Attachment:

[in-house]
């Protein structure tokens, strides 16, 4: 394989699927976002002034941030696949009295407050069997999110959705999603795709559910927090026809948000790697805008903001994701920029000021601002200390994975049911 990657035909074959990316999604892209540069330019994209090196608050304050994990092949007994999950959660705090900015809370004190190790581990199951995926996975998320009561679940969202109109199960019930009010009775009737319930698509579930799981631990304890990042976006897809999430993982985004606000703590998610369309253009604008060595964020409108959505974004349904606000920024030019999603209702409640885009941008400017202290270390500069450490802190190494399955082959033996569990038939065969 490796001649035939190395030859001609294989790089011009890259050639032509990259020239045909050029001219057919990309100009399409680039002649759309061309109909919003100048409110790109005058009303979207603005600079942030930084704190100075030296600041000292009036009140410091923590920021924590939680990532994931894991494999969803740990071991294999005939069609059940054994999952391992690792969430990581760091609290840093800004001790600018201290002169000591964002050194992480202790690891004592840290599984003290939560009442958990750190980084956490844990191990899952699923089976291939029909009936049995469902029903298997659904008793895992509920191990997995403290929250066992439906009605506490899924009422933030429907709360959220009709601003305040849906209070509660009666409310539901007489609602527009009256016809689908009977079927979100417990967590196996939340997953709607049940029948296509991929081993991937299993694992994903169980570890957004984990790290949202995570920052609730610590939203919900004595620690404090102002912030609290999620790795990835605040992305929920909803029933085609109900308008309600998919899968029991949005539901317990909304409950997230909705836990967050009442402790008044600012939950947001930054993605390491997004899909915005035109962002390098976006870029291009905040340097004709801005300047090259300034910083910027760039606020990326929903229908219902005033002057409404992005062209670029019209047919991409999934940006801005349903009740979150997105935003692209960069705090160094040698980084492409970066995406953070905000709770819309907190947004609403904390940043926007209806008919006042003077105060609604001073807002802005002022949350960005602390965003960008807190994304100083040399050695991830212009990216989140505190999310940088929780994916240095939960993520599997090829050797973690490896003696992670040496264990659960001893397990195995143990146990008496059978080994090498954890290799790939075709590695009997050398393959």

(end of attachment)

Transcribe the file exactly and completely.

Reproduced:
[in-house]
């Protein structure tokens, strides 16, 4: 394989699927976002002034941030696949009295407050069997999110959705999603795709559910927090026809948000790697805008903001994701920029000021601002200390994975049911 990657035909074959990316999604892209540069330019994209090196608050304050994990092949007994999950959660705090900015809370004190190790581990199951995926996975998320009561679940969202109109199960019930009010009775009737319930698509579930799981631990304890990042976006897809999430993982985004606000703590998610369309253009604008060595964020409108959505974004349904606000920024030019999603209702409640885009941008400017202290270390500069450490802190190494399955082959033996569990038939065969 490796001649035939190395030859001609294989790089011009890259050639032509990259020239045909050029001219057919990309100009399409680039002649759309061309109909919003100048409110790109005058009303979207603005600079942030930084704190100075030296600041000292009036009140410091923590920021924590939680990532994931894991494999969803740990071991294999005939069609059940054994999952391992690792969430990581760091609290840093800004001790600018201290002169000591964002050194992480202790690891004592840290599984003290939560009442958990750190980084956490844990191990899952699923089976291939029909009936049995469902029903298997659904008793895992509920191990997995403290929250066992439906009605506490899924009422933030429907709360959220009709601003305040849906209070509660009666409310539901007489609602527009009256016809689908009977079927979100417990967590196996939340997953709607049940029948296509991929081993991937299993694992994903169980570890957004984990790290949202995570920052609730610590939203919900004595620690404090102002912030609290999620790795990835605040992305929920909803029933085609109900308008309600998919899968029991949005539901317990909304409950997230909705836990967050009442402790008044600012939950947001930054993605390491997004899909915005035109962002390098976006870029291009905040340097004709801005300047090259300034910083910027760039606020990326929903229908219902005033002057409404992005062209670029019209047919991409999934940006801005349903009740979150997105935003692209960069705090160094040698980084492409970066995406953070905000709770819309907190947004609403904390940043926007209806008919006042003077105060609604001073807002802005002022949350960005602390965003960008807190994304100083040399050695991830212009990216989140505190999310940088929780994916240095939960993520599997090829050797973690490896003696992670040496264990659960001893397990195995143990146990008496059978080994090498954890290799790939075709590695009997050398393959």